Mina, the niece of Sherlock Holmes, is brilliant and observant but awkward and not at all comfortable maneuvering proper London society. This is further compounded by being abandoned by her mother, who’s run off to Paris, and a father who’s present but long since checked out. Evaline, the sister of Bram Stoker, is the pretty ingénue but in reality, is a vampire hunter. To readers thinking this sounds familiar, there’s a reason for that: Evaline is Victoria Gardella’s descendant. Yes, this in-universe wink-wink tie-in can be trite and cutesy but given the premise of the book, I think it’s a little too late to quibble and throw stones. What I found interesting about Evaline, however, is that she’s a thwarted vampire hunter. There are few vampires left running around, leaving her with all this strength and speed and no way to apply it. The one time she does come face to face with one, she freezes and that failure haunts and drives her throughout the novel.
It was pretty refreshing to read a novel about female partners. I mean, I usually read fantasy and am drowning in a sea of male partners going on adventures. It’s nice to read about female partners doing the same once in a while. (I’d actually like it if this could be more than once in a while though.) Mina and Evaline don’t get along when they first meet and it takes them the majority of the novel to trust each other. What I liked about their interpersonal conflict is that it’s all personality based. Both are used to being outsiders and working alone. They have no idea how to work with one another. Mina is very cerebral and a careful planner whereas Evaline is a fighter and lives on instinct. These are two very different approaches and it causes many mishaps in their investigation. I also liked that they were mutually intimidated by each other. How often do you see female characters jealous over other female characters’ skills?
While there were multiple love interests set up for each girl (but none of whom overlap so there will no “fighting over the same boy” shenanigans, thank goodness!), the potential romances remain low-key. The mystery and their investigation very much remain at the forefront. The girls have an objective and while they may get momentarily distracted, they never take their eyes off the prize.
The downside of this focus, unfortunately, is that the mystery never gets resolved. The girls’ deaths are linked to an underground organization devoted to the Egyptian goddess, Sekhmet. It’s purportedly a radical (for the time) women’s lib organization interested in letting escape the shackles of marriage and the like. What never quite made sense to me was how this goal would be accomplished by resurrecting an Egyptian goddess in Victorian England.
There’s also a random time traveler. I have no idea what purpose he serves. Other than being a love interest, of course. I don’t even have a clue about how time travel fits into all this. It’s somehow tied in the Sekhmet cult but since that mystery is never completely solved, I got nothing. Dylan never fit into the story so whenever he showed up on page, I found it jarring.
The Clockwork Scarab is the first of a series and it suffers from the same unresolved conflict issues that plagued many other YA series. We never learn what the Sekhmet cult was all about. We never learn how or why Dylan travelled through time into a weird alternate past. But because of the female leads and their interactions with one another, I’m willing to stay on the ride for at least one other book.
(Originally posted at Dear Author.)
A few months ago I mentioned a personal need to take a break from the YA dystopia subgenre. The books weren’t working for me, and I was growing increasingly frustrated. Then I heard the premise for your debut novel: a world in which fresh water became a scarce, much sought after resource. I found this idea far easier to believe than some other dystopian concepts I’ve read.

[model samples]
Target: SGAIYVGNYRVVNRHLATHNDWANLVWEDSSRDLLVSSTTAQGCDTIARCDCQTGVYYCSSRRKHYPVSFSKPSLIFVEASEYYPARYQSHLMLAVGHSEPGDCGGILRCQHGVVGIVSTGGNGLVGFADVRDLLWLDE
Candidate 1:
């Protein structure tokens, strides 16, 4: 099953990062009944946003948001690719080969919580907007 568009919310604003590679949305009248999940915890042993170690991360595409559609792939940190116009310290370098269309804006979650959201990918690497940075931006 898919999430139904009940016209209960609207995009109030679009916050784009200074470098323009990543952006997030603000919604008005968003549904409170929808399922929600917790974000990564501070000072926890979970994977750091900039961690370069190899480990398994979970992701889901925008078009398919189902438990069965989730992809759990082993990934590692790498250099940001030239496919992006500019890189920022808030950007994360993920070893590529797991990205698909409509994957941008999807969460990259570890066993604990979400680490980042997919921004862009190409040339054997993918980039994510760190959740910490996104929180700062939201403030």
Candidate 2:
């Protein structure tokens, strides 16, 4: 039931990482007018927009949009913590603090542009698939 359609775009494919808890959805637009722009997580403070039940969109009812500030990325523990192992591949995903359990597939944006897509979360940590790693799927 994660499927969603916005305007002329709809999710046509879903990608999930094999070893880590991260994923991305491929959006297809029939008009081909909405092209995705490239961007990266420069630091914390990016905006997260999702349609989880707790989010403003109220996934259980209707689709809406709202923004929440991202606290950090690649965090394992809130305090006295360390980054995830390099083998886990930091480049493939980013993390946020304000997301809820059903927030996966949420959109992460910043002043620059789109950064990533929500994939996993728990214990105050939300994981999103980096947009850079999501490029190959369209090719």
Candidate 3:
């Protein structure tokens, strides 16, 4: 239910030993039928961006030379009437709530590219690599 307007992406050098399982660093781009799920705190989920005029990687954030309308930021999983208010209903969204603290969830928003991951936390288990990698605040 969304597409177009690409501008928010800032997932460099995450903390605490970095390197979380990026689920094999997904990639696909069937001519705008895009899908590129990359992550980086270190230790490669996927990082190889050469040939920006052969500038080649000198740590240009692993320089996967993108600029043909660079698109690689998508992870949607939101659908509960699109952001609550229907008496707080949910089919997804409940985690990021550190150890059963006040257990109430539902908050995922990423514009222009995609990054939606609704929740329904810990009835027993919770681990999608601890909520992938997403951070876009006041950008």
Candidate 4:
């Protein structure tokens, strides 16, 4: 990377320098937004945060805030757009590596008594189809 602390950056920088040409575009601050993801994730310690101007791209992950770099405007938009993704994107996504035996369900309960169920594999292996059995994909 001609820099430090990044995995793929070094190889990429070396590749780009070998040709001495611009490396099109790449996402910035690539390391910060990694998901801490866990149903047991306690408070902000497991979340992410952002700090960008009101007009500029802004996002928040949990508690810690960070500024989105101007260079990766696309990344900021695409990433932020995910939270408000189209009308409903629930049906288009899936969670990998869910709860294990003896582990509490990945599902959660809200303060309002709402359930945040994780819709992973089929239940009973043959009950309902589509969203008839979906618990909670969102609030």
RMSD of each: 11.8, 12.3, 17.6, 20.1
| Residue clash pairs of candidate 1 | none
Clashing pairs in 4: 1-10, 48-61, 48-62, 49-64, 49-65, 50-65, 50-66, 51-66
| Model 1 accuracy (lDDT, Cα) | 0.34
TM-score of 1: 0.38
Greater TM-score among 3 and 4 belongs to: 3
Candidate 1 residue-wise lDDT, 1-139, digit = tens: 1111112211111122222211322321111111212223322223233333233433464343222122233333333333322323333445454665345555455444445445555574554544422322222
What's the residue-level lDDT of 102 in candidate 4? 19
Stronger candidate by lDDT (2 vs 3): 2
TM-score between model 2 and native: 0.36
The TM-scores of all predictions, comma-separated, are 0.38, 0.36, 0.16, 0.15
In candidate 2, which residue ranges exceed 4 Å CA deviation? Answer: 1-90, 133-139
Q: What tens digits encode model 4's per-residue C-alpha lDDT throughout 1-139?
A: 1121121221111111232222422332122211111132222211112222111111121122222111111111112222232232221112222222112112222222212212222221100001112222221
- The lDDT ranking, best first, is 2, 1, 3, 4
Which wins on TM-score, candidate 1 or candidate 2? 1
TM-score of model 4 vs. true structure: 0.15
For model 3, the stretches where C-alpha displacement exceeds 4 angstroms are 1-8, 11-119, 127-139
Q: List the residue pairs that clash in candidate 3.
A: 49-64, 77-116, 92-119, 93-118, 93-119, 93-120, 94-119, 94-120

Lynn’s existence is one of desperate survival: purifying drinking water, fending off coyotes, finding enough food to last the winter, and protecting their pond against strangers who’d want to steal their precious water. It’s a hard life but it’s the only one she’s ever known. She’s used to it and wants nothing more than to remain in the family home with her mother. Lynn doesn’t need anyone else.
When her mother is killed by coyotes, Lynn must now fend for herself. Not only does she have hungry coyotes to deal with but she also has to protect her home from scavengers who’d love nothing more than to steal it from her. But when she encounters strangers camping out by the stream near her home, Lynn learns what it means to trust and love another human being. Now she has to protect them too while the scavengers she’s been fending off growing in strength and number.
Given how many dystopian and post-apocalyptic novels there are, it’s hard to be original and this book isn’t. But a lack of originality is fine, provided the characters are interesting and the story are interesting. For me, Not a Drop to Drink delivered on both fronts.
I liked Lynn a lot. She’s a hard heroine, raised to be fierce and independent, by a mother who became a hard woman in order to survive in a world that was falling apart. Some readers will find her unlikeable. I thought her characterization was great. Given her upbringing, it made sense that Lynn didn’t trust anyone. She was taught to shoot first and forget about asking the questions later because the person you shot at better be dead.
I also thought Lynn’s innocence about certain topics made sense. She didn’t grow up around men so why would she know anything about them? That said, this ignorance wasn’t played for laughs. Lynn wasn’t a wide-eyed naive girl. Sex, love, and flirting were foreign concepts to her. There was the usual instalove romance subplot but it was more low-level than in other books in this genre, which I appreciated. So if you’re a reader who prefers much prevalent romance in your YA, this is not the book for you. That and the romance doesn’t end well.